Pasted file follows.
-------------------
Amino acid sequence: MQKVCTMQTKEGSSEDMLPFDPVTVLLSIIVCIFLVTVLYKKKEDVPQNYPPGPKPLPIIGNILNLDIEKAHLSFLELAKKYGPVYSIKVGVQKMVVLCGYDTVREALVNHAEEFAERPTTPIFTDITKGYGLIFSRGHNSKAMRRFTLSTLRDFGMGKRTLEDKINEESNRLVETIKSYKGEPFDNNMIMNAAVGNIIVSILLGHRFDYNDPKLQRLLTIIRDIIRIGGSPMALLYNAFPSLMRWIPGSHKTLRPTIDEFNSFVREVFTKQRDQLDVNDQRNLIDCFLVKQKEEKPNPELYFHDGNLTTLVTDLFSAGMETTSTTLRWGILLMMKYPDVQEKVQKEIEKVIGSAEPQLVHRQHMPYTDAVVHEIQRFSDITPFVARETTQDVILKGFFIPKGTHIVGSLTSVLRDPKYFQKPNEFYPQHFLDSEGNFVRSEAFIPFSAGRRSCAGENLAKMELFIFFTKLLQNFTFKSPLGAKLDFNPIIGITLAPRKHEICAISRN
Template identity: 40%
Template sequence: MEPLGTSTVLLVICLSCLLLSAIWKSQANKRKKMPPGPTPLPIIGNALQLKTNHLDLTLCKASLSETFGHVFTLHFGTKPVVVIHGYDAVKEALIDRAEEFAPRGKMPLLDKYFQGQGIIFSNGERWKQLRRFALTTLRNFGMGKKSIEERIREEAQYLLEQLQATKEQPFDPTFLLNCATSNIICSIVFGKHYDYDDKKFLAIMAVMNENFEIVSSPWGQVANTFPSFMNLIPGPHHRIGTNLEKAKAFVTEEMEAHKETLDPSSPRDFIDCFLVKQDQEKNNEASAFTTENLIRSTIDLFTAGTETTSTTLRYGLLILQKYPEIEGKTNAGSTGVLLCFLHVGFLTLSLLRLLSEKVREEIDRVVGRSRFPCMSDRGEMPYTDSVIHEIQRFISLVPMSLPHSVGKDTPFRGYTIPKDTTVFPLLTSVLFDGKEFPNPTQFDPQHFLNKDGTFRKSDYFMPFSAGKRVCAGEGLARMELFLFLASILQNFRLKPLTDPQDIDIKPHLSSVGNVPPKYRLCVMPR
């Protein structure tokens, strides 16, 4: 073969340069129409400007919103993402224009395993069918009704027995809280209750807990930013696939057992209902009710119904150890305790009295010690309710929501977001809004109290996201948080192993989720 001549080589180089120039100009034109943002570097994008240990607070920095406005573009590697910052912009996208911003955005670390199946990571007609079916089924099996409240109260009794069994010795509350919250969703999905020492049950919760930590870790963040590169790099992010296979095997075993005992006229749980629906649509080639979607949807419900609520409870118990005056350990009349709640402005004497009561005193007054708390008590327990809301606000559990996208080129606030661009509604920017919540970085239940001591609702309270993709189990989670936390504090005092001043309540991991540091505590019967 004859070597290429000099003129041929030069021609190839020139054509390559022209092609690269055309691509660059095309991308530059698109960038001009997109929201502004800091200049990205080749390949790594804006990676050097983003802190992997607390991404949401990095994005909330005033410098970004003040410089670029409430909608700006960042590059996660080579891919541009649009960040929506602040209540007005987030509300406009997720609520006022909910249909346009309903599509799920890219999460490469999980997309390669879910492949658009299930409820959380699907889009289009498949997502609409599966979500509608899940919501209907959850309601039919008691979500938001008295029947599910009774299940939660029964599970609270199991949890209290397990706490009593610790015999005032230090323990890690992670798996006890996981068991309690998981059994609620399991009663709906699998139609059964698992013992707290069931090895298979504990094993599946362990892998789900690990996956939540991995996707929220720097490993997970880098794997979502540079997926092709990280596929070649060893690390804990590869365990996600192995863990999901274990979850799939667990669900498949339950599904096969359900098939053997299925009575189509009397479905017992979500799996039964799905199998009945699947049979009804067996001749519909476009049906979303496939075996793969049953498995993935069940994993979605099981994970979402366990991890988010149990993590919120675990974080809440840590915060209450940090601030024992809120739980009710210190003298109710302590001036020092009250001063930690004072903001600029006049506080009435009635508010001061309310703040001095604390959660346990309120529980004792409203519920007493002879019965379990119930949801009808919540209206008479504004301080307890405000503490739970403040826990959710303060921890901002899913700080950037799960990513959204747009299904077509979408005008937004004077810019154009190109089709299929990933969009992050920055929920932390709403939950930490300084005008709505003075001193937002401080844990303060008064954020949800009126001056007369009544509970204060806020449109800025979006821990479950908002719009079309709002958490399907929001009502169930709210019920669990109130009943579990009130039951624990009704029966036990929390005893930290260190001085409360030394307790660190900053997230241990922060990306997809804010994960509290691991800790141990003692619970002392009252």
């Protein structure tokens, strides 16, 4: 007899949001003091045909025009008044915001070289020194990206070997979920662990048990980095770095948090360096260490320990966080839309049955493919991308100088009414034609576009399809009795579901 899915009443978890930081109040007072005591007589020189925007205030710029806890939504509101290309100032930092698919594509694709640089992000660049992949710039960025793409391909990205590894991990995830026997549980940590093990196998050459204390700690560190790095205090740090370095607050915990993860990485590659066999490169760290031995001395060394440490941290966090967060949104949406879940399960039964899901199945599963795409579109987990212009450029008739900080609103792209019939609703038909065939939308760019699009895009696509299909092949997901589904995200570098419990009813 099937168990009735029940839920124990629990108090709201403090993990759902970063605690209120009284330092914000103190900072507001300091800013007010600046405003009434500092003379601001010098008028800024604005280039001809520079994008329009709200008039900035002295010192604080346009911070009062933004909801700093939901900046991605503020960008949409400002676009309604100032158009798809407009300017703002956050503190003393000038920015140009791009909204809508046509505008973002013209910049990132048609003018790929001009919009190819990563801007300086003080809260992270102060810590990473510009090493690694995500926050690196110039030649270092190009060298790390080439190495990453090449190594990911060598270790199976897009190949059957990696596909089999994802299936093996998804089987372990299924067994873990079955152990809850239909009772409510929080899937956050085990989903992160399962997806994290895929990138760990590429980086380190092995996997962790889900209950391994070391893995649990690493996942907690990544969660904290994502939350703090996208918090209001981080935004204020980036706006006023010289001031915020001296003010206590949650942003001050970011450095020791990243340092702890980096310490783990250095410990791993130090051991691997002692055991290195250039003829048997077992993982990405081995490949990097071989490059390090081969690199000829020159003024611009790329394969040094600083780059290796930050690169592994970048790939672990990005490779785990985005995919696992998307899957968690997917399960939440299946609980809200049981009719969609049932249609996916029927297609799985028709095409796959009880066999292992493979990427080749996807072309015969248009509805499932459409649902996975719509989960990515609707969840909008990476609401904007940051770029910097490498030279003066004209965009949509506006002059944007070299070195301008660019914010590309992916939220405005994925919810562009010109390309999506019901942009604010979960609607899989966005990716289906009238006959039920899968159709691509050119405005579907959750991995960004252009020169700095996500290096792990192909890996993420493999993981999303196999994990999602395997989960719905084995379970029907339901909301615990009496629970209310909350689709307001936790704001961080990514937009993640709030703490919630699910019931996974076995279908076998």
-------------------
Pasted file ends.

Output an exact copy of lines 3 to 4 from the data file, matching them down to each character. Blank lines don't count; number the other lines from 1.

Template sequence: MEPLGTSTVLLVICLSCLLLSAIWKSQANKRKKMPPGPTPLPIIGNALQLKTNHLDLTLCKASLSETFGHVFTLHFGTKPVVVIHGYDAVKEALIDRAEEFAPRGKMPLLDKYFQGQGIIFSNGERWKQLRRFALTTLRNFGMGKKSIEERIREEAQYLLEQLQATKEQPFDPTFLLNCATSNIICSIVFGKHYDYDDKKFLAIMAVMNENFEIVSSPWGQVANTFPSFMNLIPGPHHRIGTNLEKAKAFVTEEMEAHKETLDPSSPRDFIDCFLVKQDQEKNNEASAFTTENLIRSTIDLFTAGTETTSTTLRYGLLILQKYPEIEGKTNAGSTGVLLCFLHVGFLTLSLLRLLSEKVREEIDRVVGRSRFPCMSDRGEMPYTDSVIHEIQRFISLVPMSLPHSVGKDTPFRGYTIPKDTTVFPLLTSVLFDGKEFPNPTQFDPQHFLNKDGTFRKSDYFMPFSAGKRVCAGEGLARMELFLFLASILQNFRLKPLTDPQDIDIKPHLSSVGNVPPKYRLCVMPR
């Protein structure tokens, strides 16, 4: 073969340069129409400007919103993402224009395993069918009704027995809280209750807990930013696939057992209902009710119904150890305790009295010690309710929501977001809004109290996201948080192993989720 001549080589180089120039100009034109943002570097994008240990607070920095406005573009590697910052912009996208911003955005670390199946990571007609079916089924099996409240109260009794069994010795509350919250969703999905020492049950919760930590870790963040590169790099992010296979095997075993005992006229749980629906649509080639979607949807419900609520409870118990005056350990009349709640402005004497009561005193007054708390008590327990809301606000559990996208080129606030661009509604920017919540970085239940001591609702309270993709189990989670936390504090005092001043309540991991540091505590019967 004859070597290429000099003129041929030069021609190839020139054509390559022209092609690269055309691509660059095309991308530059698109960038001009997109929201502004800091200049990205080749390949790594804006990676050097983003802190992997607390991404949401990095994005909330005033410098970004003040410089670029409430909608700006960042590059996660080579891919541009649009960040929506602040209540007005987030509300406009997720609520006022909910249909346009309903599509799920890219999460490469999980997309390669879910492949658009299930409820959380699907889009289009498949997502609409599966979500509608899940919501209907959850309601039919008691979500938001008295029947599910009774299940939660029964599970609270199991949890209290397990706490009593610790015999005032230090323990890690992670798996006890996981068991309690998981059994609620399991009663709906699998139609059964698992013992707290069931090895298979504990094993599946362990892998789900690990996956939540991995996707929220720097490993997970880098794997979502540079997926092709990280596929070649060893690390804990590869365990996600192995863990999901274990979850799939667990669900498949339950599904096969359900098939053997299925009575189509009397479905017992979500799996039964799905199998009945699947049979009804067996001749519909476009049906979303496939075996793969049953498995993935069940994993979605099981994970979402366990991890988010149990993590919120675990974080809440840590915060209450940090601030024992809120739980009710210190003298109710302590001036020092009250001063930690004072903001600029006049506080009435009635508010001061309310703040001095604390959660346990309120529980004792409203519920007493002879019965379990119930949801009808919540209206008479504004301080307890405000503490739970403040826990959710303060921890901002899913700080950037799960990513959204747009299904077509979408005008937004004077810019154009190109089709299929990933969009992050920055929920932390709403939950930490300084005008709505003075001193937002401080844990303060008064954020949800009126001056007369009544509970204060806020449109800025979006821990479950908002719009079309709002958490399907929001009502169930709210019920669990109130009943579990009130039951624990009704029966036990929390005893930290260190001085409360030394307790660190900053997230241990922060990306997809804010994960509290691991800790141990003692619970002392009252």